تنوع ژنتیکی در ژن BIN1 و خطر ابتلا به بیماری آلزایمر در افراد هان چینی
|کد مقاله||سال انتشار||مقاله انگلیسی||ترجمه فارسی||تعداد کلمات|
|30866||2014||8 صفحه PDF||سفارش دهید||6000 کلمه|
Publisher : Elsevier - Science Direct (الزویر - ساینس دایرکت)
Journal : Neurobiology of Aging, Volume 35, Issue 7, July 2014, Pages 1781.e1–1781.e8
Genome-wide association studies have identified the bridging integrator 1 (BIN1) gene as the most important genetic susceptibility locus in late-onset Alzheimer's disease (LOAD) after apolipoprotein E for individuals of European ancestry. To further characterize this association and to isolate the variants within BIN1 contributing to LOAD in Han Chinese individuals, we conducted a 2-step design study in our cohort of 1133 LOAD patients and 1159 control subjects. Sequencing analysis identified 44 variants within BIN1. Follow-up genotyping analysis revealed that a novel missense mutation P318L appeared to exert risk effect for development of LOAD; and rs67327804 was also significantly associated with LOAD risk even after adjusting for age, gender, and apolipoprotein E ε4 status. Haplotype analysis confirmed that the “GA” haplotype derived from single-nucleotide polymorphisms in rs67327804 and rs1060743 showed a 1.4-fold increased risk of LOAD. Our findings provided the first independent evidence that variants in BIN1 were significantly associated with LOAD in Han Chinese individuals.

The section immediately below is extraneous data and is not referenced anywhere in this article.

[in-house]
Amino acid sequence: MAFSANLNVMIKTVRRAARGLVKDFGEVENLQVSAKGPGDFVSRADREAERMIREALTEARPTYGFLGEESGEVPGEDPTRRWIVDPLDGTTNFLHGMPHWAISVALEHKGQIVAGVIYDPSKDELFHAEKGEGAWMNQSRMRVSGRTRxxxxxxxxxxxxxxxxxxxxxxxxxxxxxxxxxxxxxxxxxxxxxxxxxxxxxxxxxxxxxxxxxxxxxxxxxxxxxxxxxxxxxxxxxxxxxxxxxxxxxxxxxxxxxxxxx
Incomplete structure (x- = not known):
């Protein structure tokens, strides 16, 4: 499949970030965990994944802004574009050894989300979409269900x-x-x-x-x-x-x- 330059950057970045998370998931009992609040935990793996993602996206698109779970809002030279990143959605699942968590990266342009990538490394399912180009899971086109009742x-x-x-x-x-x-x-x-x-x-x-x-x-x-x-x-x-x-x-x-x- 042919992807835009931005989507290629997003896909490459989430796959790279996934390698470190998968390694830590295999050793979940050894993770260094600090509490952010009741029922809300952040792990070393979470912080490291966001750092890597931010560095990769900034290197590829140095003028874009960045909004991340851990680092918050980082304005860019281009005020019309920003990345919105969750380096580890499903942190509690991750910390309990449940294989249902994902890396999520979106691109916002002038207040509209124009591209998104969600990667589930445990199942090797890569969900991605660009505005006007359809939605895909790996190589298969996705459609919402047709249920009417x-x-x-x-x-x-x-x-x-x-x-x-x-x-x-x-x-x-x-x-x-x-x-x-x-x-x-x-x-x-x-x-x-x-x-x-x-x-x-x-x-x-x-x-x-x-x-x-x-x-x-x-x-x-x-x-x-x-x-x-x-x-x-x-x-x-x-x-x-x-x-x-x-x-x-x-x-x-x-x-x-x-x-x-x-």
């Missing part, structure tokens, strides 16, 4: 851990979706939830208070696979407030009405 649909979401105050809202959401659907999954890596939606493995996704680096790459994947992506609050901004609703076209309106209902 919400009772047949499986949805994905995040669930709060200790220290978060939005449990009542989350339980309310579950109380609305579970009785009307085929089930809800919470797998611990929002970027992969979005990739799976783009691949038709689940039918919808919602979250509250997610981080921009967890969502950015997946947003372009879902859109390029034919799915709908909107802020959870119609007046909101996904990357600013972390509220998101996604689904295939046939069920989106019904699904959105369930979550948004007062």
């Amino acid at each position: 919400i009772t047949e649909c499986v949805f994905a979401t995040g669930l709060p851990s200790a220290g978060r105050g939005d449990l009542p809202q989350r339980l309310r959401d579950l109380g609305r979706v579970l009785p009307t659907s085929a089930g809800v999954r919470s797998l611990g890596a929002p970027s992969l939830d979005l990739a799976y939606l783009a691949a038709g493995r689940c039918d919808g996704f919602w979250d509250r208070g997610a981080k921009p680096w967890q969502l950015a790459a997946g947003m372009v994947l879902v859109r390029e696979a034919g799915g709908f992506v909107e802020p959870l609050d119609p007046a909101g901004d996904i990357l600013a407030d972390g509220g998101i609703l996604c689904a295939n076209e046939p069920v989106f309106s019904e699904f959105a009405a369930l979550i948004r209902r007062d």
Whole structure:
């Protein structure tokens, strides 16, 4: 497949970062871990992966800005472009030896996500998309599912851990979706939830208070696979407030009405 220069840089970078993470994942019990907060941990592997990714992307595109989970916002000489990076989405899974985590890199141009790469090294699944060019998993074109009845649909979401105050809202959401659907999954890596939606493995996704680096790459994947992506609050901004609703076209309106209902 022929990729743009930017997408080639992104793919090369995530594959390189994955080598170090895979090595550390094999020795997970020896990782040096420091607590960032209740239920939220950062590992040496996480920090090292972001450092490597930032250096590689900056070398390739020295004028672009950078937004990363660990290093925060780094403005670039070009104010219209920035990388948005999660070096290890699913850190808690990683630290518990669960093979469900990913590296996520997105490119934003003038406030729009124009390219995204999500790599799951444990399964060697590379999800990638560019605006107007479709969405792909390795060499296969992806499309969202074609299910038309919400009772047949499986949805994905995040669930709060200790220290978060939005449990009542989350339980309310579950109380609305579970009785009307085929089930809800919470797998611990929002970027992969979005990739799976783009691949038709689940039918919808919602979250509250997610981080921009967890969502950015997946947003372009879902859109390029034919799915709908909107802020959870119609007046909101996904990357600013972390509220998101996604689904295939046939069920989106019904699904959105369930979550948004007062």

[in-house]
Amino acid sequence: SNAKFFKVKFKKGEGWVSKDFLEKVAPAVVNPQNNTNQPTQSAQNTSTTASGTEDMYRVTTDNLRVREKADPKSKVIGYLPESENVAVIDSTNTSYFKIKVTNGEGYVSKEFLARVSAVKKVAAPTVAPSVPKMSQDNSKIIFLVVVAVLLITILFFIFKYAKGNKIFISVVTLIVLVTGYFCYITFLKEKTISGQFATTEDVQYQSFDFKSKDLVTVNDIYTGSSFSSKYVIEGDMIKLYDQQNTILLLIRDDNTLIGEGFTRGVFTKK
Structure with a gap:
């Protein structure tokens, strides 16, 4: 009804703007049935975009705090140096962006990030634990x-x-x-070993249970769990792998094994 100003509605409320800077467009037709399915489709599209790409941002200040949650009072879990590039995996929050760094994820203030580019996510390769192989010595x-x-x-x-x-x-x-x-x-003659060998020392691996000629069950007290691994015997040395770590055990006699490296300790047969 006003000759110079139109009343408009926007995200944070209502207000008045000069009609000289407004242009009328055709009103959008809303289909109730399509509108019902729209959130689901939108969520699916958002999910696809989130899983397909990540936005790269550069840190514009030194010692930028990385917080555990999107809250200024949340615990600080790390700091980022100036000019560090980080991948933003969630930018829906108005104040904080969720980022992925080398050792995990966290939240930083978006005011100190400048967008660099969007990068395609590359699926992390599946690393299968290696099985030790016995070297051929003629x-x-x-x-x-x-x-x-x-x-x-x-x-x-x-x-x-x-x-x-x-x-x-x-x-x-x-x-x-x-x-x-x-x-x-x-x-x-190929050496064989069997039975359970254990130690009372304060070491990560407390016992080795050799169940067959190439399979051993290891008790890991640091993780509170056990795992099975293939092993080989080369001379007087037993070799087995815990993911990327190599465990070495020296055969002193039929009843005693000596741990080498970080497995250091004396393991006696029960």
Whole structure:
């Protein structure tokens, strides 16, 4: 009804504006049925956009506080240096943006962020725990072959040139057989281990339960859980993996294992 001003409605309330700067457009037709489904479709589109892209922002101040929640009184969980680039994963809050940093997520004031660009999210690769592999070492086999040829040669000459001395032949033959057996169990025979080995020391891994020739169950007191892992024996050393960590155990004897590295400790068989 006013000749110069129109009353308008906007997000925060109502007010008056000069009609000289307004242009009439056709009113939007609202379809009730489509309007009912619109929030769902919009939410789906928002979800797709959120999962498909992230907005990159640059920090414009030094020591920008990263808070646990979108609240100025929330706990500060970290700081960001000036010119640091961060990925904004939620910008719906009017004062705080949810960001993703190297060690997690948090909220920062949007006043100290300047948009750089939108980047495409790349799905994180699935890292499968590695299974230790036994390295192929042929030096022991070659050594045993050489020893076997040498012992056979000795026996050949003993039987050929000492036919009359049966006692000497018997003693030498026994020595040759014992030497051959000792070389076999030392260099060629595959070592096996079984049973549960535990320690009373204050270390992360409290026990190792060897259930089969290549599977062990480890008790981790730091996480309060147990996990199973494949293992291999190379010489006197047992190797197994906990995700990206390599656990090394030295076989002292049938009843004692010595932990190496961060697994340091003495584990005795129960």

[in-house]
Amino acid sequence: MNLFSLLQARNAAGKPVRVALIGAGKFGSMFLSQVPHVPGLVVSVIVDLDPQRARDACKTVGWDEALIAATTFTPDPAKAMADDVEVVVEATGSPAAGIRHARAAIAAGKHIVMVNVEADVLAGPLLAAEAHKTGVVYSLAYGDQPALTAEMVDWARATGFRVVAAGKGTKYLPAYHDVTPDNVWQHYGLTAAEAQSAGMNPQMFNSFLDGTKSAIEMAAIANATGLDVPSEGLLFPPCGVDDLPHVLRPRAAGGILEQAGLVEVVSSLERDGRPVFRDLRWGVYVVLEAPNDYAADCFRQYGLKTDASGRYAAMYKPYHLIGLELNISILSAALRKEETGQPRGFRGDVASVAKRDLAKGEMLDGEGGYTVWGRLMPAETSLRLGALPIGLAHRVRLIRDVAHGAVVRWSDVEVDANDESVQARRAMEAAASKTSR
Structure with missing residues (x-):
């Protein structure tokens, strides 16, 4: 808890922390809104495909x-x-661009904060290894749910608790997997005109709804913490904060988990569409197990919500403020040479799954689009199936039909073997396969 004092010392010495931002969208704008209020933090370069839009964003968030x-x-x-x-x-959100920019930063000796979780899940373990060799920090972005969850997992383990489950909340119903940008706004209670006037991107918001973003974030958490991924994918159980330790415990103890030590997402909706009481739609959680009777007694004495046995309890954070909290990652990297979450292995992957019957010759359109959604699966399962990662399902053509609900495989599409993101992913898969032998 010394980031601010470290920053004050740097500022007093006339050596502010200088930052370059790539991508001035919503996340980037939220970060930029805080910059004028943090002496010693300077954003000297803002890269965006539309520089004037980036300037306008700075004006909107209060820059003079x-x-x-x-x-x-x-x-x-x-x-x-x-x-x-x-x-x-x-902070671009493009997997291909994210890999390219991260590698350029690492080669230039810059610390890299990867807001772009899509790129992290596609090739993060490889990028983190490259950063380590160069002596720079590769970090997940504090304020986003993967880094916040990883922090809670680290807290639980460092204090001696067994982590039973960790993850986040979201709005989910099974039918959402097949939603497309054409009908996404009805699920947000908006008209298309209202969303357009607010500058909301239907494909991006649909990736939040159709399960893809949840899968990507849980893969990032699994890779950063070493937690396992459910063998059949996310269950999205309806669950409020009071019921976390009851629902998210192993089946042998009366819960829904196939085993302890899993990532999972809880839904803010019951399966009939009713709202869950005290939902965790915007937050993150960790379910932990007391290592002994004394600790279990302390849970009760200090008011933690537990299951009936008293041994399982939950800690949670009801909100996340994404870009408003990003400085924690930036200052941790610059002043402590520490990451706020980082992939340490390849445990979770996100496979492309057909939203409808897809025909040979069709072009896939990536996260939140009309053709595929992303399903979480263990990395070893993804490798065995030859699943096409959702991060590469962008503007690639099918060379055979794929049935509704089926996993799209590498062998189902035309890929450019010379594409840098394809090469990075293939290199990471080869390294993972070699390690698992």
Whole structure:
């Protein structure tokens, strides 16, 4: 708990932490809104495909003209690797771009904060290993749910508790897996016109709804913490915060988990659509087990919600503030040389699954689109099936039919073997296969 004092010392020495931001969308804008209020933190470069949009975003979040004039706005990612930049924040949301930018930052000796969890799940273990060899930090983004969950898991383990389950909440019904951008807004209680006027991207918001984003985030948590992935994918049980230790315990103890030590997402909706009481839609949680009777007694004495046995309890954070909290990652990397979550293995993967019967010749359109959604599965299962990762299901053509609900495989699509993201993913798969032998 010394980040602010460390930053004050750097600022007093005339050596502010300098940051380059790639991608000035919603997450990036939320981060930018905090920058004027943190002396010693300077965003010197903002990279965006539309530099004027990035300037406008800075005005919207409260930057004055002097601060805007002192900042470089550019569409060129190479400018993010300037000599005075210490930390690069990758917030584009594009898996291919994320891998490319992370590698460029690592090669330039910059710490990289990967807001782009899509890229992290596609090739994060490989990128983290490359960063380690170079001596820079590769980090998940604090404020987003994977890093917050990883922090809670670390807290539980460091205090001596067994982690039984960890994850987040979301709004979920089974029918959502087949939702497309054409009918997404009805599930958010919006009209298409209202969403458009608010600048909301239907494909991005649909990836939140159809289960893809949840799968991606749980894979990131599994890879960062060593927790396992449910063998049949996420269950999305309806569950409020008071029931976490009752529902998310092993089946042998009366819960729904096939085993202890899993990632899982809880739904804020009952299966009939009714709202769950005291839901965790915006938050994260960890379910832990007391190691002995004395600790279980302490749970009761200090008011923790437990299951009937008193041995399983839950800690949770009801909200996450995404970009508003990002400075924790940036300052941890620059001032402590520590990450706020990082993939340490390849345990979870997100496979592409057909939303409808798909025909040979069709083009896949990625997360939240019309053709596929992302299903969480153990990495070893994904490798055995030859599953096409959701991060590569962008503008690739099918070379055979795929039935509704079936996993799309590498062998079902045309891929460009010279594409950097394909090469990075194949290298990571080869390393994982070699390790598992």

Alzheimer's disease (AD) is a complex, multifactorial neurodegenerative disease that is the leading cause of dementia in the elderly individuals. Genetic susceptibility at multiple loci and interactions among these genes influence the risk of developing AD; recent estimates of heritability range from 58%–79% (Gatz et al., 2006). For many years, amyloid precursor protein and the presenilin genes 1 and 2 (PSEN1, PSEN2) have been the only unequivocally established susceptibility genes for early-onset familial AD, and apolipoprotein E (ApoE) the only confirmed susceptibility gene for common late-onset AD (LOAD). In recent years, large genome-wide association studies (GWAS) have identified 9 other genes and/or loci ( Harold et al., 2009, Hollingworth et al., 2011, Lambert et al., 2009, Naj et al., 2011 and Seshadri et al., 2010) that, along with ApoE ε4, contribute to a high proportion of genetic risk for LOAD. Among them, the bridging integrator 1 (BIN1 or amphiphysin 2/AMPH2) gene, located on chromosome 2q14.3, is currently identified as the most important genetic susceptibility locus in LOAD after ApoE, according to the continuously updated Alzgene database (http://www.alzgene.org/) ( Bertram et al., 2007). As an important AD candidate gene, BIN1 is expressed in many tissues and overexpressed BIN1 has been found in AD brains ( Chapuis et al., 2013). It has been reported that higher BIN1 expression was associated with later age at onset and shorter disease duration in AD patients ( Karch et al., 2012). In addition, our study has recently observed that BIN1 expression was also increased in peripheral blood of AD patients; and plasma BIN1 might become potential biomarker for AD diagnosis ( Sun et al., 2013). Similar to ApoE, numerous studies have presented compelling evidence implicating BIN1 in AD pathogenesis ( Tan et al., 2013a and Tan et al., 2013b). Besides its potential interaction with tau pathology ( Chapuis et al., 2013), BIN1 might also be involved in regulating endocytosis and trafficking, immune, and inflammation, calcium transients, and apoptosis ( Carter, 2011, Elliott et al., 2000, Hong et al., 2012 and Tjondrokoesoemo et al., 2011). All these observations suggest that the BIN1 gene could be considered a functional candidate gene for AD susceptibility. Initially, BIN1 gene locus was identified as having a possible association with AD using GWAS in the GERAD1 study ( Harold et al., 2009) but it was not until the study by Seshadri et al., 2010 that this locus for AD reached genome-wide statistical significance, a finding that was confirmed in other large GWAS ( Kamboh et al., 2012 and Naj et al., 2011) and the largest family-based GWAS ( Wijsman et al., 2011). After these original observations, several independent candidate gene studies examined the association between BIN1 polymorphisms and LOAD risk in independent cohorts ( Carrasquillo et al., 2011, Lambert et al., 2011, Lee et al., 2011 and Logue et al., 2011), but the results have been conflicting in ethnically distinct populations ( Chung et al., 2013 and Tan et al., 2013a). Based on large, multicenter data sets, meta-analysis results also strongly indicate that BIN1 is an AD susceptibility locus ( Carrasquillo et al., 2011, Hollingworth et al., 2011, Hu et al., 2011, Kamboh et al., 2012 and Lambert et al., 2013). Genetic variants of BIN1 associated with susceptibility to LOAD are known for individuals of European ancestry, but whether the same or different variants within BIN1 gene account for the genetic risk of AD in Han Chinese individuals is still unknown. In this study, to investigate the involvement of the BIN1 gene in LOAD in the Han Chinese individuals, a 2-step design study was carried out. We first sequenced in the promoter, exons, the 5′ and 3′ untranslated regions, and exon–intron boundaries of the BIN1 gene for mutations in a total of 50 LOAD patients and 50 controls. The identified variants were then partially selected to be analyzed in a much larger case–control sample (n = 2292), which was well matched for age, gender, and ethnic background in the Han Chinese individuals.